Schroeder, who now teaches “Computer Modeling” and “Analog Electronics” at Wheaton, first joined the project at UCLA’s Basic Plasma Science Facility in 2012, as a graduate student at the University of Iowa. In 2017, during his postdoctoral research, Schroeder designed the Alfvén wave experiments conducted at UCLA. The experiments were funded by various agencies, including the Department of Energy, the National Science Foundation, and NASA. Data was collected at UCLA’s Basic Plasma Science Facility using their “Large Plasma Device,” or LAPD.
According to Schroeder, the LAPD is a cylindrical vacuum chamber full of a tube of plasma.
“Inside of the LAPD vacuum chamber they’ll put a little puff of gas that spreads out really quickly into the low pressure,” said Schroeder. “Then they’ll run electricity through it to make plasma which is a gas [whose] electrons have been broken off of the atoms.”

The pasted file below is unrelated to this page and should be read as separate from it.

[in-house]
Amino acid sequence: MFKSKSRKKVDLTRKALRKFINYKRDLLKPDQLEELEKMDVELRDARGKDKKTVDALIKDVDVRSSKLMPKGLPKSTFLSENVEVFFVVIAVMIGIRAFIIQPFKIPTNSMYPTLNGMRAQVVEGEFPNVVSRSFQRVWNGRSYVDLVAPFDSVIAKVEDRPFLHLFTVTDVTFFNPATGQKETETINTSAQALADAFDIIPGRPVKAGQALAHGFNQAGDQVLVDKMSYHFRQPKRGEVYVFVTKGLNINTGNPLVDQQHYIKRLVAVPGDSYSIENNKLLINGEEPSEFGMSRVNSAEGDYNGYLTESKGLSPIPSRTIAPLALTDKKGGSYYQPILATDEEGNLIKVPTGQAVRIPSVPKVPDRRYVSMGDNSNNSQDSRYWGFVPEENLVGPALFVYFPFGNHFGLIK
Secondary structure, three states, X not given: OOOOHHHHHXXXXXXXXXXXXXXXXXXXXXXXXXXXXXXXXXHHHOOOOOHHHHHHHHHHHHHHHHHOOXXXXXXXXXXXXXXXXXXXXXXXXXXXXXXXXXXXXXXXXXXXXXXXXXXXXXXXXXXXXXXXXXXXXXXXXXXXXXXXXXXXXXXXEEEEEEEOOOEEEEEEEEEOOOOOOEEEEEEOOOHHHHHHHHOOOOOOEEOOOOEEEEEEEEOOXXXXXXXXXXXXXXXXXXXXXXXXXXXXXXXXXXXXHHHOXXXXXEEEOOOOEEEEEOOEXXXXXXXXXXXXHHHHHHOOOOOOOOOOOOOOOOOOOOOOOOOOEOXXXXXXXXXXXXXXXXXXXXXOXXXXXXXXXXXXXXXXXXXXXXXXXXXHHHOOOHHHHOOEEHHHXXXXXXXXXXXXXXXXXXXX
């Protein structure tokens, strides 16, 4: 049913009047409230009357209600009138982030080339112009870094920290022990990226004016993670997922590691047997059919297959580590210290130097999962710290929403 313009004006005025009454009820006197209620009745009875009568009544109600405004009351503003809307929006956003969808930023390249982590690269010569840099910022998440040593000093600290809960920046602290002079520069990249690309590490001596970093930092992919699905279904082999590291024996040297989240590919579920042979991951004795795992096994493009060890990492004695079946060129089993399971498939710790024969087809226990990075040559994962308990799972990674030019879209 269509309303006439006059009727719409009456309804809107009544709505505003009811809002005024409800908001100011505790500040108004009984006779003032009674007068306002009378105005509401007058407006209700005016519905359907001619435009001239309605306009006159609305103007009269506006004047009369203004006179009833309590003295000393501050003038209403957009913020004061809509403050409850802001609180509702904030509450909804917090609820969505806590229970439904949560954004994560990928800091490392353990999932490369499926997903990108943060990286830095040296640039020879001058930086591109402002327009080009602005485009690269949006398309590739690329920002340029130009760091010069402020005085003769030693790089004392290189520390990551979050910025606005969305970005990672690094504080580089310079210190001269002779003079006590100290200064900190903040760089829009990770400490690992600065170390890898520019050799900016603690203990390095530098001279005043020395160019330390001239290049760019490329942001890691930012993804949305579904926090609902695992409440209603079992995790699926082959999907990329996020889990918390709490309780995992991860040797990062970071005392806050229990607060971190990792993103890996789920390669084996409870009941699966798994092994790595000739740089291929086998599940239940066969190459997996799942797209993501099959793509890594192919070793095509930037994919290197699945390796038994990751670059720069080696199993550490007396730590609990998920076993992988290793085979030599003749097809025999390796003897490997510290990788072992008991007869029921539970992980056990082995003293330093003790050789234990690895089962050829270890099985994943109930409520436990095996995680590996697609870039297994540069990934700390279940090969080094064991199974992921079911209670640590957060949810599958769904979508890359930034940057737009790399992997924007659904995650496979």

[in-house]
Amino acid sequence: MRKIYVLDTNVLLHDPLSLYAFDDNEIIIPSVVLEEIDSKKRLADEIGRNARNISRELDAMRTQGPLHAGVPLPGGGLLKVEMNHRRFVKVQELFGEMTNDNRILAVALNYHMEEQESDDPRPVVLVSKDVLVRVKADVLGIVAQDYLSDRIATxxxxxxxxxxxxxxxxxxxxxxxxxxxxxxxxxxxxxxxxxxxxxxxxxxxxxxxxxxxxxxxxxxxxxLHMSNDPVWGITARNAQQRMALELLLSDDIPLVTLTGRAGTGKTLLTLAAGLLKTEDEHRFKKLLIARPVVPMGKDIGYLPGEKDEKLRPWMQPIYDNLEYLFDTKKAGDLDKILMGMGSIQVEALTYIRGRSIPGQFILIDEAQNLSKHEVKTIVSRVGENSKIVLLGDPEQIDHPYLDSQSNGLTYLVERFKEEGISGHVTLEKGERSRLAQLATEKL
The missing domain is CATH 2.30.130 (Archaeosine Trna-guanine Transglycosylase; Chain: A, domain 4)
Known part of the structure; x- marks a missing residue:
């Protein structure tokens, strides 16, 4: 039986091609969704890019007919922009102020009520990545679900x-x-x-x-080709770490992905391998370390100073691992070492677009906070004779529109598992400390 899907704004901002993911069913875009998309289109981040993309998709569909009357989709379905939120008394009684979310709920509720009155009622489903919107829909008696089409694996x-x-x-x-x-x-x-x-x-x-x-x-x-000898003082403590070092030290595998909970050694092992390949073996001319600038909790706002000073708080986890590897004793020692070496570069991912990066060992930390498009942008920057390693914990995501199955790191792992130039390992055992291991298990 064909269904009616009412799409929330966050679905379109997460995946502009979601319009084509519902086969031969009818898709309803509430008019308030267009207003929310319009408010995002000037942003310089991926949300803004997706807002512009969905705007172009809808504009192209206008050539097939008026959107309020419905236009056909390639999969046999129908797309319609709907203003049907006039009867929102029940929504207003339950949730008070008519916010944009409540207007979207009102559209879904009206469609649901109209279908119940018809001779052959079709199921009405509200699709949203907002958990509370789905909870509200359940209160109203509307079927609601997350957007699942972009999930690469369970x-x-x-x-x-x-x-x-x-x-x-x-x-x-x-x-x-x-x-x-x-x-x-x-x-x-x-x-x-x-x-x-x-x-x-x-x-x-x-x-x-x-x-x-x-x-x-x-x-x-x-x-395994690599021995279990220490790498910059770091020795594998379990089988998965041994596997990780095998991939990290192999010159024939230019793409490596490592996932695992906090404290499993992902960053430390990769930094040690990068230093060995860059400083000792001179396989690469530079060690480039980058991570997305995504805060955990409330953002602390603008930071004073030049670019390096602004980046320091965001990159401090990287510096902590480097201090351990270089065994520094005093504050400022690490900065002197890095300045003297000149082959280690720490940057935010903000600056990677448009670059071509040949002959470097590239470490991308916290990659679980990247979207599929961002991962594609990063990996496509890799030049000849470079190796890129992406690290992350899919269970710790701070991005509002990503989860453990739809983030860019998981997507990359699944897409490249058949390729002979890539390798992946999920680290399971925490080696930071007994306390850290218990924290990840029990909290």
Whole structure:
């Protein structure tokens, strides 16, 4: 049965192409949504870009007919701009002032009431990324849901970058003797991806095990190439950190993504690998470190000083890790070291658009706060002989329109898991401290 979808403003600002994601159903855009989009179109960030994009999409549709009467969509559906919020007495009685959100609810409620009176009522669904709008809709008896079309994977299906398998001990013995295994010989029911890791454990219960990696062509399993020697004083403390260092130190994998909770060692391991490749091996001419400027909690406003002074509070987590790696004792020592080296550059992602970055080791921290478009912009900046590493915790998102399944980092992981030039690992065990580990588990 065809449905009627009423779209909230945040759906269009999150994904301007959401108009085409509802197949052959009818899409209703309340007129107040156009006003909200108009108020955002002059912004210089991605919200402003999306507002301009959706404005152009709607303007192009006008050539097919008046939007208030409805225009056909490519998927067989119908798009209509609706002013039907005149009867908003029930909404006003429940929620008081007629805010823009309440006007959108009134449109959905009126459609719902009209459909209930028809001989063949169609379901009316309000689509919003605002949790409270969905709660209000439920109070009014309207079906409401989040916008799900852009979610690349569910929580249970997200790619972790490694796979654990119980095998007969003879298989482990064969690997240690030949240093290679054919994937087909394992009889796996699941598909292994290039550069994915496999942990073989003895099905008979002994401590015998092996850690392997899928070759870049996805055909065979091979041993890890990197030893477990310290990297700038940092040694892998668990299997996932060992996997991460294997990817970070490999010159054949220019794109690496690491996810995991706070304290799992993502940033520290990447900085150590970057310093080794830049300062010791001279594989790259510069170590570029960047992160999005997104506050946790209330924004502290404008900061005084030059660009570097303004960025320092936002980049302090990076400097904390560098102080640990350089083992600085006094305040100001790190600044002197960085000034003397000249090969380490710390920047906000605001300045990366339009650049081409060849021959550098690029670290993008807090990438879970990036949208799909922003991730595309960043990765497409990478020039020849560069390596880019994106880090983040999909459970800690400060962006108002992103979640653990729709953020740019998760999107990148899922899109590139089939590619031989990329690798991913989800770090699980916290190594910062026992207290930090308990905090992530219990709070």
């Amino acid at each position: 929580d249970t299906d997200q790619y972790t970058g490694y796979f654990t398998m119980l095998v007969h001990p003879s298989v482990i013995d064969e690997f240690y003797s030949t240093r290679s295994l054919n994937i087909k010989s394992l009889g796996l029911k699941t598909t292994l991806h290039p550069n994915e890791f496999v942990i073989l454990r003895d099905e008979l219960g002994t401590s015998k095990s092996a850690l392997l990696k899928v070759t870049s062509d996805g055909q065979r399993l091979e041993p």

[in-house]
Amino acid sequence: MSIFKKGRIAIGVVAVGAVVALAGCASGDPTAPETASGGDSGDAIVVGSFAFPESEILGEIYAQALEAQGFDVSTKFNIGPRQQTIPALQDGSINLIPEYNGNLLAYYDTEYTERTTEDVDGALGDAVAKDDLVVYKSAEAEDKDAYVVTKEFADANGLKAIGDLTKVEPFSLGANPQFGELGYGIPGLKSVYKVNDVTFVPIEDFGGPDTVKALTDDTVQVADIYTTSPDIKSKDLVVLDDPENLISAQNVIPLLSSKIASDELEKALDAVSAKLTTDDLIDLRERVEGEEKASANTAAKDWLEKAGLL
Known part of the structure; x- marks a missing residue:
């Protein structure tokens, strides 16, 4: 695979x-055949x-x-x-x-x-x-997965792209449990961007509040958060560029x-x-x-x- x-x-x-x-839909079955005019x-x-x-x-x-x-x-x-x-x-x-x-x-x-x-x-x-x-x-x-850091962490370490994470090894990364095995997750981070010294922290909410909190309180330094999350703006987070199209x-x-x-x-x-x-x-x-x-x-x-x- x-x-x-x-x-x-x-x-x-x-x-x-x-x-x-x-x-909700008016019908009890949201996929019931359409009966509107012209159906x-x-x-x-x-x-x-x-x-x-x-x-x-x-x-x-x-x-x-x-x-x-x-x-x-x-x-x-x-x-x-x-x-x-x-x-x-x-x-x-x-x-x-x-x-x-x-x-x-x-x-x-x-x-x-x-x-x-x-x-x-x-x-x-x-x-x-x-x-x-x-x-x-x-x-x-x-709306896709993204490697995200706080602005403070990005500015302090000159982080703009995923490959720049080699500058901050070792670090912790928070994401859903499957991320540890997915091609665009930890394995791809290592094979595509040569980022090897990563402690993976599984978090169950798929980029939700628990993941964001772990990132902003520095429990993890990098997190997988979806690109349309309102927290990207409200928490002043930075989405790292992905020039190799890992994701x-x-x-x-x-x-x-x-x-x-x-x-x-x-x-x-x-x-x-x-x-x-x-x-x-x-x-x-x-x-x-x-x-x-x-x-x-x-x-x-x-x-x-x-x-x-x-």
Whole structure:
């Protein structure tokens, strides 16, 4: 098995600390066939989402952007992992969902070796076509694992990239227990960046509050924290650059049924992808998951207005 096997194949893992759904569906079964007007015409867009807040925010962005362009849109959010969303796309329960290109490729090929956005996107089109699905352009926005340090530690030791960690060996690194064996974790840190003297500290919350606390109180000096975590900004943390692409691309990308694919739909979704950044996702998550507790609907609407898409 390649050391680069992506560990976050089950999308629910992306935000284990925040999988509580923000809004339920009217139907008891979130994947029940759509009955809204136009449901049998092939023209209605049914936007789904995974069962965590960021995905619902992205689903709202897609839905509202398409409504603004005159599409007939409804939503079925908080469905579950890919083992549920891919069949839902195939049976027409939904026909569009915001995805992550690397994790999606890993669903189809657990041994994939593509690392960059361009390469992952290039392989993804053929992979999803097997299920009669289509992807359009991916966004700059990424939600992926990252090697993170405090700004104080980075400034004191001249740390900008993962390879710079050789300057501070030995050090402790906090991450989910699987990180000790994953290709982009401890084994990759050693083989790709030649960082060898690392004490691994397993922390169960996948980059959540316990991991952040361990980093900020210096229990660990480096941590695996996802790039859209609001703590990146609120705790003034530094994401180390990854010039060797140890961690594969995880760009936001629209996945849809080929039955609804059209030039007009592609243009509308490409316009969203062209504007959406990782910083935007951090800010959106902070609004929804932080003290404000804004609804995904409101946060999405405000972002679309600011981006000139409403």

Through this process within the LAPD, electromagnetic Alfvén waves are created. Schroeder’s team focused their attention on the manner in which the plasma’s electrons respond to Alfvén waves.
“The goal was to see if electrons gain energy from the waves in a way that would allow the electrons to make auroras, or northern lights,” said Schroeder.
The project proved that electrons did in fact gain energy from those waves. The research team’s main discovery revolved around a process known as Landau damping, which Schroeder described as electrons “surfing on the waves.”
“In the plasma we found that only the electrons that were close to the speed of the wave are the ones that get picked up and accelerated, kind of like surfing,” said Schroeder. “And so what we were able to show is that Alfvén waves give energy to electrons in a way that would allow the electrons to make auroras.”
According to Howes, the variations in which electrons acquire energy as a function of their velocity within the LAPD, which created Alfven waves, proved the “surfing” phenomenon true.
Work at UCLA concluded in May 2018, after the final successful experiment was conducted at the lab, proving that electrons indeed are accelerated by electromagnetic Alfvén waves.